Newspaper article Evansville Courier & Press (2007-Current)

Letters

Newspaper article Evansville Courier & Press (2007-Current)

Letters

Article excerpt

E. A. Howard, Evansville

Elected women bring compassion to office

As we review the results of the Nov. 6 election, we see hopeful signs reflected in the election of female candidates who share core values. It is encouraging to see the growing number of women serving in the U.S. House and Senate. In New Hampshire, their capital delegation is composed entirely of women. Women bring a humane perspective to core values such as peace, compassion, human and civil rights, fairness in the workplace and the protection of children. These values are manifested in the prospect of affordable health care, the continuing protection of a woman's right to choose, growing support among the young for samegender marriages, now hassle-free service for gays in the armed forces, and some consumer protection against predatory financiers and usurious moneylenders. It is good to see a compassionate man return to the White House. With strong support from the top military brass, he abolished the insidious "don't ask, don't tell" policy which nudged out an estimated 17,000 experienced men and women from the armed forces. In an act of compassion, he endorsed samegender marriages, and he has defended federal funding for Planned Parenthood, a critical and often only source of affordable health care for poor women. In Missouri and Indiana, we saw radical senatorial candidates shoot themselves in their respective feet by making outrageous and clumsy remarks about abortion and rape, resulting in the election of two moderate candidates. In Massachusetts, we saw the election of Elizabeth Warren, who has struggled effectively for consumer protection. And back home in Indiana, Gail Riecken, an advocate for abused children, was re- elected to the Indiana General Assembly. Unfortunately, crippling legislation restricting the rights of gays and women are sure to surface again, and quite possibly with the governor's blessing. There are now 20 women in the U.S. Senate and seven female governors. That's a good start. It may be a long time before women, who comprise 51 percent of the population, achieve parity, but it is sure to come. We welcome it for the reasons cited.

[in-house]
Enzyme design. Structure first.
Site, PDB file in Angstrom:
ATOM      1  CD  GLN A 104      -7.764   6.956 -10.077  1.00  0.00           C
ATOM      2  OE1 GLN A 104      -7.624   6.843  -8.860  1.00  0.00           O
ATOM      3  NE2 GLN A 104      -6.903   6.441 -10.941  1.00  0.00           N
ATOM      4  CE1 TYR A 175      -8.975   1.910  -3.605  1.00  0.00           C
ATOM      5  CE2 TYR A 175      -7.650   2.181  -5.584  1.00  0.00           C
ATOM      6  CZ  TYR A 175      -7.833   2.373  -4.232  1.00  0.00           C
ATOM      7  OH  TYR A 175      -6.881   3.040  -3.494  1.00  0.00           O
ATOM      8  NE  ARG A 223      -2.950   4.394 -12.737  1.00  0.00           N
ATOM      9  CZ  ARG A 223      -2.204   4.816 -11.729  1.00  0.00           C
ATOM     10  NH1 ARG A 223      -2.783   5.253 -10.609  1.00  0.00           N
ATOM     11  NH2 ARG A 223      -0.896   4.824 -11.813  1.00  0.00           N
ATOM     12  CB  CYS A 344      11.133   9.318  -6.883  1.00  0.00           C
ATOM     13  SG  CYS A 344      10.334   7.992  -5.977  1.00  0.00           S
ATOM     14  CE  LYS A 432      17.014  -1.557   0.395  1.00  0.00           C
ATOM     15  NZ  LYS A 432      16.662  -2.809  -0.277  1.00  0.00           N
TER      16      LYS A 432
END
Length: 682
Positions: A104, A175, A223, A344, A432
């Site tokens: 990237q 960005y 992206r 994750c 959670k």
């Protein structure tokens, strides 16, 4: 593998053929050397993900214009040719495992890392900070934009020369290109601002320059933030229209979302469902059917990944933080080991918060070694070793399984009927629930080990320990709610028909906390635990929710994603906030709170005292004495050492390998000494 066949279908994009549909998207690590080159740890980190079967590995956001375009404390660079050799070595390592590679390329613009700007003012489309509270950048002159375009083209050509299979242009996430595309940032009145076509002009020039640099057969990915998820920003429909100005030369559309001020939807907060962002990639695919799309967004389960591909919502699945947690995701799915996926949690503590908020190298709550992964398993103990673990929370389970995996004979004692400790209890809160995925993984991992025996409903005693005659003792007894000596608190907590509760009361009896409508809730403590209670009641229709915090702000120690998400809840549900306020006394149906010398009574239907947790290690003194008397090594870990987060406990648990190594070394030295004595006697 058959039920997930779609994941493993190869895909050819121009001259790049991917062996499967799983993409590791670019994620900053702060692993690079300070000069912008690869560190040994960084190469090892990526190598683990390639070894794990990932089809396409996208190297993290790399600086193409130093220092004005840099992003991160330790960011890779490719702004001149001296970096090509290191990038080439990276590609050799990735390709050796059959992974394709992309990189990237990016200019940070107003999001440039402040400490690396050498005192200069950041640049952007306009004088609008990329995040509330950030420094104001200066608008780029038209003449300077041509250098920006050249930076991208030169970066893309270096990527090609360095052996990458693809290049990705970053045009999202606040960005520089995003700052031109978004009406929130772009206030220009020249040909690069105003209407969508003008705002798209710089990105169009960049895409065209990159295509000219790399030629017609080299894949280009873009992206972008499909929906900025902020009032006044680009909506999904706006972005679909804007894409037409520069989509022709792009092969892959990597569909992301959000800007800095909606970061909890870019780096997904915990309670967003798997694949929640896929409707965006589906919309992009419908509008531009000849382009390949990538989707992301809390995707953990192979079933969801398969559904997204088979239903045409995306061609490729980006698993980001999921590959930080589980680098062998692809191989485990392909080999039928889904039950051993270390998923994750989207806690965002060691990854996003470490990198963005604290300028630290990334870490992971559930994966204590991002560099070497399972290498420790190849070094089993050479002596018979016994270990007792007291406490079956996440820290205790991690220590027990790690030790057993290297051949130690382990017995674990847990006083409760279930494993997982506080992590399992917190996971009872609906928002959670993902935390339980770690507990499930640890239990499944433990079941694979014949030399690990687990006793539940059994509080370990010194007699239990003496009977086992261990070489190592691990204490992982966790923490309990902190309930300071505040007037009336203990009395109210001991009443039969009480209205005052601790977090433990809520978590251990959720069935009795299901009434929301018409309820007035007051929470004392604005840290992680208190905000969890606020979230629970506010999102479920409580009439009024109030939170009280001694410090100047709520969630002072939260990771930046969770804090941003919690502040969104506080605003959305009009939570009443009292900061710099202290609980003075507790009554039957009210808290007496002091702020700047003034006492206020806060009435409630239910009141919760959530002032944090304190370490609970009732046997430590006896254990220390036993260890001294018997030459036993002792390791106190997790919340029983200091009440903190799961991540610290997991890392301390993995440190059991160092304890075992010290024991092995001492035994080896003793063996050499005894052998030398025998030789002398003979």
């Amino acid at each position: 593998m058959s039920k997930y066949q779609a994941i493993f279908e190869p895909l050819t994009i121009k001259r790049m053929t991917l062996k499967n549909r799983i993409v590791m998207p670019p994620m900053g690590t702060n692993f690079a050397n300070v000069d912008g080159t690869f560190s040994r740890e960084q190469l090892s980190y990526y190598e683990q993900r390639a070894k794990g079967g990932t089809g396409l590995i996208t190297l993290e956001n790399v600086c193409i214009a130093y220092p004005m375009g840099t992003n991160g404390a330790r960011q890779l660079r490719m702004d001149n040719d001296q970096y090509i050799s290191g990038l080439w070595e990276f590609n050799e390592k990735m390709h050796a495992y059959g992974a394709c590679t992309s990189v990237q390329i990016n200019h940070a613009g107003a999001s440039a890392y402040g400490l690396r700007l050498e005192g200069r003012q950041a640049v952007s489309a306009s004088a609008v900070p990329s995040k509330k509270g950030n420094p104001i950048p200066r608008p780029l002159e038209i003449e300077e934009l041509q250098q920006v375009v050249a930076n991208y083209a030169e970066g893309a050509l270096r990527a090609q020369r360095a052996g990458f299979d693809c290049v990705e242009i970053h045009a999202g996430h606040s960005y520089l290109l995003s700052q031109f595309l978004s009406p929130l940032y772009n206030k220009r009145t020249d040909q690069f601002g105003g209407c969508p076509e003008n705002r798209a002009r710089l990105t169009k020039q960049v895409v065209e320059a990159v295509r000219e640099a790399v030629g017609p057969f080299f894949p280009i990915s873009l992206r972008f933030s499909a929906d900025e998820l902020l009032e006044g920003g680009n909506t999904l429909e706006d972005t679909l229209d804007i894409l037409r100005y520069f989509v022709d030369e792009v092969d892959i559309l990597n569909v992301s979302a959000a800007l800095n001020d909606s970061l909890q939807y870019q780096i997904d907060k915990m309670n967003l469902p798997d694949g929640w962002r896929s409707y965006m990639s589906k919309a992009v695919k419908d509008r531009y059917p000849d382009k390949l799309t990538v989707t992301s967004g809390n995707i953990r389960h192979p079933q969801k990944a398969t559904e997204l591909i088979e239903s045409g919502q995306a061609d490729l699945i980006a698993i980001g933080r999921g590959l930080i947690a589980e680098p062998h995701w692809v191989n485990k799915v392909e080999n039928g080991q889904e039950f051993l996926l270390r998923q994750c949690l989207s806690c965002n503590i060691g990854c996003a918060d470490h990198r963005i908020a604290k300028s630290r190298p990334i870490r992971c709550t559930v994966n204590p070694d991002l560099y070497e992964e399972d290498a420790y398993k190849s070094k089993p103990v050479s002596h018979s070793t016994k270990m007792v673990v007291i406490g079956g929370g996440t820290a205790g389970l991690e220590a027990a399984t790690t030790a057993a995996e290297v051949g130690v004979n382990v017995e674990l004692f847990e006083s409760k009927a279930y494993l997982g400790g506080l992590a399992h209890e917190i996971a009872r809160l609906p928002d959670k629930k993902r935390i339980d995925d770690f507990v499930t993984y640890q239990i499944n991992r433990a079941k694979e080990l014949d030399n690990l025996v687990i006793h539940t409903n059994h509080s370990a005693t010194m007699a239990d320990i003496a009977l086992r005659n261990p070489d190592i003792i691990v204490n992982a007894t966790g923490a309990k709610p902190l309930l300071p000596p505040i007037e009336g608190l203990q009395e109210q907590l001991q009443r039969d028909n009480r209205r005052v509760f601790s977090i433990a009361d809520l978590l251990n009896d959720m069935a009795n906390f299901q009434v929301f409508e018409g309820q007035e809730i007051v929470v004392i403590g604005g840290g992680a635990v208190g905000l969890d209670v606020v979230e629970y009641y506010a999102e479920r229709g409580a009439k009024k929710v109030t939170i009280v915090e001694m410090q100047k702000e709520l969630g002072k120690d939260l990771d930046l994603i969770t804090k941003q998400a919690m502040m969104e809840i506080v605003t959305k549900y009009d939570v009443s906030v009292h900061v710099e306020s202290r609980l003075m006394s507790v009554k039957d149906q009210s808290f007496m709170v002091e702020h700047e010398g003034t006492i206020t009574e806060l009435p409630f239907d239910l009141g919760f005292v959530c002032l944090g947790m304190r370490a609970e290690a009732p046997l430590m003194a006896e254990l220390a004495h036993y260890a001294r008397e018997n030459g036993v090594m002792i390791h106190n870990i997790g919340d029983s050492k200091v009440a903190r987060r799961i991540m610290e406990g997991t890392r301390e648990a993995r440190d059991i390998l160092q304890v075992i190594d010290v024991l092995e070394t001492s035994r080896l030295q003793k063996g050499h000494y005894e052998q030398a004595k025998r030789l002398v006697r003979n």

Bill McKeon, Evansville

'Weekend Christian' isn't good enough

The American media says the United States is a Christian nation, but is it rather a nation of weekend Christians? We go to church on Saturday or Sunday and proclaim we are practicing our faith because we are giving God this one hour of worship. …

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